A Case of Mediastinal Mass

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A Case of Mediastinal Mass

  1. 1. PHYSICIANS’ MEET An interesting case of Thoracic mass Prof.S.SUNDAR’s unit, Dr.N. Arun Kumar, PG
  2. 2. Case scenario Indra 42/F, farmer, thiruvallur, c/o chest pain- 6 months c/o breathlessness- 1 month c/o hoarseness of voice- 1 month c/o double vision - 1 month
  3. 3. HOPI• c/o chest pain- 6 months - intermittent - left sided - pricking - not radiating - not ass.with sweating/palpitation - no aggravating/relieving factors • c/o breathlessness- 1 month - insidious - gradually progressing -not ass.with orthopnoea/PND • c/o double vision - 1 month - intermittent - appears as the day advances • h/o drooping of eyelids- past 1 month - occasionally; after severe exertion or prolonged exposure to sun light • h/o LOA &LOW- lost 3 kgs over 2 months
  4. 4. No h/o • Cough/hemoptysis • Syncope • Leg swelling • Abdomial distension • ↓ed urine output • Dysphagia • Headache/vomiting • Difficulty in appreciating colours • No other h/s/o cranial N abnormalities • No h/s/o weakness/sensory abnormalities/cerebellar involvement
  5. 5. Past history • Not a k/c of HTN/DM/BA/PT/CAD • No h/o sugeries/RT • No h/o chronic drug intake
  6. 6. Personal history • Married • 2 children • Normal regular menstrual cycles • Taking mixed diet • Non-smoker • Non-alcoholic
  7. 7. General examination • Conscious, dyspnoeic, oriented, afebrile • No pallor/cyanosis/clubbing/icterus/pedal edema/SLA • VITALS: • BP- 130/90 mmHg • PR- 90/min, regular, normal volume, no spl.characters • RR- 22/min • JVP- not raised • Temp- 99F
  8. 8. Systemic examination- RS • INSPECTION: • Trachea app.to be in midline • Apical impulse –not visible • Chest movements- bilaterally equal • No chest wall deformity • No scars/sinuses • No distended veins
  9. 9. • PALPATION: • Trachea- midline • Apical impulse- left 5th ICS at MCL • Chest movements –bilaterally equal • Chest measurements- WNL • No TF • VF- ↓ed in left infraclavicular & mammary regions • No Intercostal tenderness
  10. 10. • PERCUSSION: • Dullnote + in left infraclavicular & mammary regions • No percussion tenderness • Traube’s space- normal tympanitic note +
  11. 11. • AUSCULTATION: • Breath sounds ↓ed in left infraclavicular & mammary regions • VR ↓ed in the same regions • Rhonchi + in the same regions • No BBS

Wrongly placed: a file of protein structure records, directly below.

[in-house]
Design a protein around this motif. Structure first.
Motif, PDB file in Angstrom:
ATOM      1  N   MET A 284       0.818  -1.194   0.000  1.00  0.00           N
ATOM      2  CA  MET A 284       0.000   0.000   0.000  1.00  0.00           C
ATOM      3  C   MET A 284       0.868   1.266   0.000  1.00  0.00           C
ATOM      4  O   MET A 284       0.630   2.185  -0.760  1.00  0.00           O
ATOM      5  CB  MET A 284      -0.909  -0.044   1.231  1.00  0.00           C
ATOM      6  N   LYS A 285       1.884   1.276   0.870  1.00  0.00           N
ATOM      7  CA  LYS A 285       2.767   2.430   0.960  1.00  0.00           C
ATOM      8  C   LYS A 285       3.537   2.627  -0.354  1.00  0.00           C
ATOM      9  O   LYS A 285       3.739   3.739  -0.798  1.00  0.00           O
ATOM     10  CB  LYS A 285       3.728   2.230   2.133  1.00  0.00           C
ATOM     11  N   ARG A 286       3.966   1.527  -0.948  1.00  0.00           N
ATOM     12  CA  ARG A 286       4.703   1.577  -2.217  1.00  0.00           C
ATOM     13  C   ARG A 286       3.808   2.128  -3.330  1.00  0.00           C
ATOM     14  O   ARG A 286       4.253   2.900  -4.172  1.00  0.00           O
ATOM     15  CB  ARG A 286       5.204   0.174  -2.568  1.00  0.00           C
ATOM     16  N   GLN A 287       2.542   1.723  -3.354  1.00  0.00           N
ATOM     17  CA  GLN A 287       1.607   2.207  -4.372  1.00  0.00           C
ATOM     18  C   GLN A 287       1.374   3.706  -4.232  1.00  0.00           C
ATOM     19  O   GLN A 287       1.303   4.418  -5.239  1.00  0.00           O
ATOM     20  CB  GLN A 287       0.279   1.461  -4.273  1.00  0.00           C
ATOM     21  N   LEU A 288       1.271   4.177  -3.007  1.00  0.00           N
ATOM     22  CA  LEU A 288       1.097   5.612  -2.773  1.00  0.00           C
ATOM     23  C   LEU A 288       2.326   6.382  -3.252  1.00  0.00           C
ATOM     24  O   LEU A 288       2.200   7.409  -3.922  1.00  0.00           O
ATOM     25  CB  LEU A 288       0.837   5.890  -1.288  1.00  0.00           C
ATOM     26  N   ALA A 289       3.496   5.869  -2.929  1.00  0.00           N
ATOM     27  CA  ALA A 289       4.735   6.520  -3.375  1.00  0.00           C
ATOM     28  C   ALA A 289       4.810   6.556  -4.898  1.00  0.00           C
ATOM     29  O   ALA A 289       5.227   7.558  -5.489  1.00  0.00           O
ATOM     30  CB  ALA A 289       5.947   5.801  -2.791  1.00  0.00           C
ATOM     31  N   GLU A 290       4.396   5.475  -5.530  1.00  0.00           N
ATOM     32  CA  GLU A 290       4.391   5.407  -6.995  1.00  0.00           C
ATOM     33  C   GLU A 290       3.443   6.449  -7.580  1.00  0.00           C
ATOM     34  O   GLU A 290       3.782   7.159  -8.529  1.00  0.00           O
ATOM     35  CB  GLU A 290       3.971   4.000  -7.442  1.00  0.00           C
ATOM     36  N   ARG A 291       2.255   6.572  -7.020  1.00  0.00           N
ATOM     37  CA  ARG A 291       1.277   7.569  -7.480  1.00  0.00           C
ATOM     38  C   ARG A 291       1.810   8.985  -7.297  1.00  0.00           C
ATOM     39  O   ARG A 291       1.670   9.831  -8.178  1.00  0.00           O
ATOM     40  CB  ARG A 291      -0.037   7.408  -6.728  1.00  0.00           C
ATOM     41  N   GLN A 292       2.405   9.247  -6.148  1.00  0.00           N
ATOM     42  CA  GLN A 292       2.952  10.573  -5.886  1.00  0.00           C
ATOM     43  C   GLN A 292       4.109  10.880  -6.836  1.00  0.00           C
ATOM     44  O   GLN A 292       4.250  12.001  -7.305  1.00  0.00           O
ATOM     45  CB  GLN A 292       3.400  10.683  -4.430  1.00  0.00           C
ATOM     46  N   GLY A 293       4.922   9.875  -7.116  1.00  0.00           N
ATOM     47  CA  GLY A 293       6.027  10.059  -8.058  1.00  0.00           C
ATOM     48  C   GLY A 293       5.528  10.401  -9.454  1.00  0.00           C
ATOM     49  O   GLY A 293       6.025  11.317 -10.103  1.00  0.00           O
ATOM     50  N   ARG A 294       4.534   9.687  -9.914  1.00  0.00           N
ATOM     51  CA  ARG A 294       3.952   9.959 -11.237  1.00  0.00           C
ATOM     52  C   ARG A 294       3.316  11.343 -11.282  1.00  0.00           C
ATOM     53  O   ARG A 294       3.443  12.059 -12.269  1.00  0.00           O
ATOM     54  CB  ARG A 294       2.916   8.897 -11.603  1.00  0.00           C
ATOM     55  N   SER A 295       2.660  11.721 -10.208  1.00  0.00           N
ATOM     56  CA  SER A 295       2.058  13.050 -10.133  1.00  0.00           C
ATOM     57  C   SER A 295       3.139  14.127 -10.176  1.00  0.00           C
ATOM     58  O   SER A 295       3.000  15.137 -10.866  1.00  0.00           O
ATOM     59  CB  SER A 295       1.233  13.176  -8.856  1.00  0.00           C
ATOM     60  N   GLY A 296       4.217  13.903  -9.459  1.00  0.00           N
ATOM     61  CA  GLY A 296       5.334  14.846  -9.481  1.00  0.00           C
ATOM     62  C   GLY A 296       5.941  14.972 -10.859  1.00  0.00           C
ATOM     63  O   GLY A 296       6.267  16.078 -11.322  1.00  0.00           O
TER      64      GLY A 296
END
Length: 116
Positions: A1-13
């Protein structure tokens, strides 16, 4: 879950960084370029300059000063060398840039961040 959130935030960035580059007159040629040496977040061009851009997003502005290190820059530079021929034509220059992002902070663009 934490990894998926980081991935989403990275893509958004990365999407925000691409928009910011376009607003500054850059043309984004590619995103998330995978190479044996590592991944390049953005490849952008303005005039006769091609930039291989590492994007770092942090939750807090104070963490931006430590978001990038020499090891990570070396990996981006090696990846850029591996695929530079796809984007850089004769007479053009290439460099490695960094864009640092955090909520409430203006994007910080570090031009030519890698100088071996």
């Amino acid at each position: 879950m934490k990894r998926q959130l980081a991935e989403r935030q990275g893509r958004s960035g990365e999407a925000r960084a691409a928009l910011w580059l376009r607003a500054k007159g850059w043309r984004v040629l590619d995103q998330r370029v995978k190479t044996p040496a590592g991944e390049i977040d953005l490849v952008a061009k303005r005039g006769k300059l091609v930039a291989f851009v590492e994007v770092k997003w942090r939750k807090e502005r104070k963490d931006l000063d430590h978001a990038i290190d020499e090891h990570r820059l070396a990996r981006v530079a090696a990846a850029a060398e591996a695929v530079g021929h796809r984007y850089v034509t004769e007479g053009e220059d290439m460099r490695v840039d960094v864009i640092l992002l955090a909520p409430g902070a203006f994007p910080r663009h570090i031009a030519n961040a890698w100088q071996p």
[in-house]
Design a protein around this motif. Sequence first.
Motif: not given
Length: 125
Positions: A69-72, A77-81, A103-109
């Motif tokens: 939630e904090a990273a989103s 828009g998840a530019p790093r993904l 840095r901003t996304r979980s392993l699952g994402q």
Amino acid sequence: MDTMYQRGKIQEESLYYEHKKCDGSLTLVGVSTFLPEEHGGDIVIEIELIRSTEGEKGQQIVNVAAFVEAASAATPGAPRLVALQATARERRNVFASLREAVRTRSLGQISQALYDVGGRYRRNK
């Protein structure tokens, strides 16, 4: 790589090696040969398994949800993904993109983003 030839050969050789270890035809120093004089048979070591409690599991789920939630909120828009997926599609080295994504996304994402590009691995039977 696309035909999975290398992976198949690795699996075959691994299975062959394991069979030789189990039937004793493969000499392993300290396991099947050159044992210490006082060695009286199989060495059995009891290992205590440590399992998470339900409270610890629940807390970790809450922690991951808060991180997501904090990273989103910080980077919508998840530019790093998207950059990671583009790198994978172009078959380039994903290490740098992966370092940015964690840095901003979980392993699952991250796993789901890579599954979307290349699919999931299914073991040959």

12. 12. Other systems • CVS- S1,S2 +, no murmurs • P/A- soft, no organomegaly, no FF clinically
  13. 13. • CNS- • HMFs- normal; MMSE- 26/30 • Cranial nerves- clinically normal • Spinomotor system: Bulk- normal Tone- normal DTRs- brisk Power- 4/5 in shoulder, elbow, hip, knee 5/5 in wrist, ankle sup reflexes- normal plantar - ↓ ↓ • Sensory, cerebellar, autonomic- normal • Spinum & cranium- normal
  14. 14. PROVISIONAL DIAGNOSIS ? Myasthenia gravis ? Mediastinal mass ? Lung mass
  15. 15. Rx • Nasal O2 • Back rest • Antibiotics • Bronchodilators • Analgesics
  16. 16. Investigations CBC VALUES Hb 11.6 gm% TC 7,600 cells/cu.mm DC P60, L37, E3 ESR 4/10 PLATELETS 1.6 lakhs RBCs 4.1 million/cu.mm PCV 34 MCV 86.2 MCH 30.1 MCHC 34.2
  17. 17. • RBS- 160 mg% • Blood urea- 20mg% • Serum creatinine- 0.8mg% • Peripheral smear study- normal • ECG- NSR/WNL • Echo- normal study
  18. 18. CXR PA
  19. 19. CXR PA • A homogenous semi-rounded opacity of 8×3.5 cm, with well-defined border, in left midzone • Silhoutted with most of the left cardiac border • Trachea in midline • Mediastinal widening
  20. 20. Chest Physician’s opinion • CXR- left hilar mass lesion- • ? Mediastinal mass- Anteriorly located • Adv: • CECT Chest
  21. 21. Scanogram
  22. 22. CT Chest
  23. 23. CT Chest
  24. 24. CT chest
  25. 25. Chest CT • Thymic cyst • Suggested -HPE
  26. 26. Cardiothoracic surgeon’s opinion • Mediastinal mass • ? Thymoma • ? Thymic cyst • Plan : excision & Bx
  27. 27. • Huge cyst noted in left lobe of thymus • Left lobe excised • Sent for Bx
  28. 28. Histopathological diagnosis • Multilocular thymic cyst, with • Thymic hyperplasia
  29. 29. Anti AChR antibody
  30. 30. Repititive Nerve Stimulation test • Nerve tested: Facial nerve • Result: Decremental response noted in orbicularis oculi